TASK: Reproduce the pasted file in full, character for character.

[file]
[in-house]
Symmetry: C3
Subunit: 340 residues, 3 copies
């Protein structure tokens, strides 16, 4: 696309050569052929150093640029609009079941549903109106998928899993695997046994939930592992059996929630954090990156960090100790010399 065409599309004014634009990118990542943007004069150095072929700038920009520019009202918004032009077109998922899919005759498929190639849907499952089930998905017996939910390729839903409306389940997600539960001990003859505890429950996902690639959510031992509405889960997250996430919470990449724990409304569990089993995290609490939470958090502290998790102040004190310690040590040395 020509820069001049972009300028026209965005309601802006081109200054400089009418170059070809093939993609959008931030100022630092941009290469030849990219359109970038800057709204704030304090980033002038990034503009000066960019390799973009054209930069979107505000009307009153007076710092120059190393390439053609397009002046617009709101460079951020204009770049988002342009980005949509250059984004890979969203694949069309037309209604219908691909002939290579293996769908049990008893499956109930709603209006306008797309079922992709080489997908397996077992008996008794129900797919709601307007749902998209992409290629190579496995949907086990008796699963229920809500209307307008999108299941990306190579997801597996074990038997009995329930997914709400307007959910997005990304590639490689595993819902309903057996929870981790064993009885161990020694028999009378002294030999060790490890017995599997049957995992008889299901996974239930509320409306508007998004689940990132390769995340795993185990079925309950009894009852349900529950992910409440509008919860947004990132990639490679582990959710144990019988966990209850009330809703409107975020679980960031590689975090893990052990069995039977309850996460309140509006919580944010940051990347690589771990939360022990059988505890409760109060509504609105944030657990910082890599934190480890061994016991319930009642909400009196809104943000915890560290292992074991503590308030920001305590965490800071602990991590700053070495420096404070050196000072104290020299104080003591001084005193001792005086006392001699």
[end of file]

[in-house]
Symmetry: C3
Subunit: 340 residues, 3 copies
């Protein structure tokens, strides 16, 4: 696309050569052929150093640029609009079941549903109106998928899993695997046994939930592992059996929630954090990156960090100790010399 065409599309004014634009990118990542943007004069150095072929700038920009520019009202918004032009077109998922899919005759498929190639849907499952089930998905017996939910390729839903409306389940997600539960001990003859505890429950996902690639959510031992509405889960997250996430919470990449724990409304569990089993995290609490939470958090502290998790102040004190310690040590040395 020509820069001049972009300028026209965005309601802006081109200054400089009418170059070809093939993609959008931030100022630092941009290469030849990219359109970038800057709204704030304090980033002038990034503009000066960019390799973009054209930069979107505000009307009153007076710092120059190393390439053609397009002046617009709101460079951020204009770049988002342009980005949509250059984004890979969203694949069309037309209604219908691909002939290579293996769908049990008893499956109930709603209006306008797309079922992709080489997908397996077992008996008794129900797919709601307007749902998209992409290629190579496995949907086990008796699963229920809500209307307008999108299941990306190579997801597996074990038997009995329930997914709400307007959910997005990304590639490689595993819902309903057996929870981790064993009885161990020694028999009378002294030999060790490890017995599997049957995992008889299901996974239930509320409306508007998004689940990132390769995340795993185990079925309950009894009852349900529950992910409440509008919860947004990132990639490679582990959710144990019988966990209850009330809703409107975020679980960031590689975090893990052990069995039977309850996460309140509006919580944010940051990347690589771990939360022990059988505890409760109060509504609105944030657990910082890599934190480890061994016991319930009642909400009196809104943000915890560290292992074991503590308030920001305590965490800071602990991590700053070495420096404070050196000072104290020299104080003591001084005193001792005086006392001699």